Loyalty to homeschooling and operating from a homeschool identity should never come before doing what is best for your whole family. Several times I was blown away to see the values we had prayed for and worked to instill in our daughter show up in unexpected ways during her year at school away from home. My heart swelled with thankfulness as I listened to her tell me the reasons she chose the friends she did. The friends she brought into her inner circle were chosen for their character. Thank you, Lord.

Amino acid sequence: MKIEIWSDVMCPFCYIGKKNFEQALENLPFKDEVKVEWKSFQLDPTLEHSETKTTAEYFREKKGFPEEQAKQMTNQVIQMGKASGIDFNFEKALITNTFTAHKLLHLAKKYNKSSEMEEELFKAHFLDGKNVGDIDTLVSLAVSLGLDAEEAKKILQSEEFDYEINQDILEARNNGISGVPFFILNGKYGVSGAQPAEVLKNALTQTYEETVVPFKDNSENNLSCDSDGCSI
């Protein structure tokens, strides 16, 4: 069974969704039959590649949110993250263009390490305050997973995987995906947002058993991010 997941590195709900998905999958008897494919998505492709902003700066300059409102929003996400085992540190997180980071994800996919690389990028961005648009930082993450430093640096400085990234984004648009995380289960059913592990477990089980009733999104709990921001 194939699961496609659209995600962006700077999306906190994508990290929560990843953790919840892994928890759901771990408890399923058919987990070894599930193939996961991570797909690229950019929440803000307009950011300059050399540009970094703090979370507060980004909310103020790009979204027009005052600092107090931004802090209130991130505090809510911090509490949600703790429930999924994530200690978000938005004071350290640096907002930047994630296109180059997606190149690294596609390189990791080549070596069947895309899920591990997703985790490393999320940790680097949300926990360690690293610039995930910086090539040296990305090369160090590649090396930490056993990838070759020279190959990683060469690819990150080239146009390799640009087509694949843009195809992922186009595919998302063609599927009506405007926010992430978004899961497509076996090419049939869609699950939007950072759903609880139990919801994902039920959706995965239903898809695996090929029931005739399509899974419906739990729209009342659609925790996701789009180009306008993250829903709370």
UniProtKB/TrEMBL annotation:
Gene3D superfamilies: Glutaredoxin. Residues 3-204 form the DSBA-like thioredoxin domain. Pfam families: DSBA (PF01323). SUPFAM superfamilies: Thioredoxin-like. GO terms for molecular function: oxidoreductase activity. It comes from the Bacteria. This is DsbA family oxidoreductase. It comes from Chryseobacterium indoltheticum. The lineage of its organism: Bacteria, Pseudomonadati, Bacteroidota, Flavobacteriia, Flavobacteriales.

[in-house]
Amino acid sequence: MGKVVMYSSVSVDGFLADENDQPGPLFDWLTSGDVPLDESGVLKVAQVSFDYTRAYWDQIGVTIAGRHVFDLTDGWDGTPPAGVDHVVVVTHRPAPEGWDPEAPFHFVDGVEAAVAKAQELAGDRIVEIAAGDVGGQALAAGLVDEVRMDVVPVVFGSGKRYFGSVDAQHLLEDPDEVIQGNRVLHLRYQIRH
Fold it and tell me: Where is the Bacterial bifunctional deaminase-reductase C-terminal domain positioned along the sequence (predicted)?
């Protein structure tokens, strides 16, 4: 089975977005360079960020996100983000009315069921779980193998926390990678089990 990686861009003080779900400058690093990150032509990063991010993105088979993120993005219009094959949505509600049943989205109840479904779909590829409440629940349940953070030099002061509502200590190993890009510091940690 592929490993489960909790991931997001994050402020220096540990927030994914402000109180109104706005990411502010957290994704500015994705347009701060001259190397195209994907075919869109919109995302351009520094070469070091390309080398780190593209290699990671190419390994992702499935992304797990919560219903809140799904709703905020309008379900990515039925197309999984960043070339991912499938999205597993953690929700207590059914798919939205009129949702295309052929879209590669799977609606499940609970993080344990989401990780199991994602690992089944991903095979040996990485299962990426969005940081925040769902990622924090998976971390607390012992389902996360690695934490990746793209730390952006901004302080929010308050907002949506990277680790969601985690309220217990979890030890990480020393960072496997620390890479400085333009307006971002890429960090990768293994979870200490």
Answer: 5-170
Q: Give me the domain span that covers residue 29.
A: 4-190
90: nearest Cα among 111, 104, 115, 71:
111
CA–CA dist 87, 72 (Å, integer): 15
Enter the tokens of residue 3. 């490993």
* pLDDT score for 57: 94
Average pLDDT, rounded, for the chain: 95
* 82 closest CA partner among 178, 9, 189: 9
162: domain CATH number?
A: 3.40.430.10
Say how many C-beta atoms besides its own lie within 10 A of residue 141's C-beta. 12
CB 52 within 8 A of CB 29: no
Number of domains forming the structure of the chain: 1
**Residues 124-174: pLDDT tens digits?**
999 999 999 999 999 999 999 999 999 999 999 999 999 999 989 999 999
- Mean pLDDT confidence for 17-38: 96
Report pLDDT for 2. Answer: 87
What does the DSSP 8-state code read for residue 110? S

-TOUGH SKIN & SOFT HEART -if you are a second generation homsechooler chances are you've had to deal with a lot of skepticism, misunderstanding and plain old ignorance concerning homeschooling. Most likely you dealt with that much more so as a homeschooled child back (80's anyone?) then than you do as a homeschooling parent today. Chances are that you've developed a tough skin. Great. Is there still a soft heart in there? I learned early on that you don't need the approval of others to be ok. However, for those of us who are softies like me the trick is developing a tough skin and KEEPING the soft heart we were given. Without that softness being vulnerable enough to ask for help is difficult -and we all need to ask for help at some point. It is easy to take the mentality of independence too far, becoming aloof. "I don't need your approval" becomes "I don't need you" and if this is applied to everyone outside our tiny net of safety then we have lost connection with the community around us. Our children need to be able to be able to operate within a community beyond their family and support groups. With a tough skin and a soft heart we can demonstrate for them how that is done.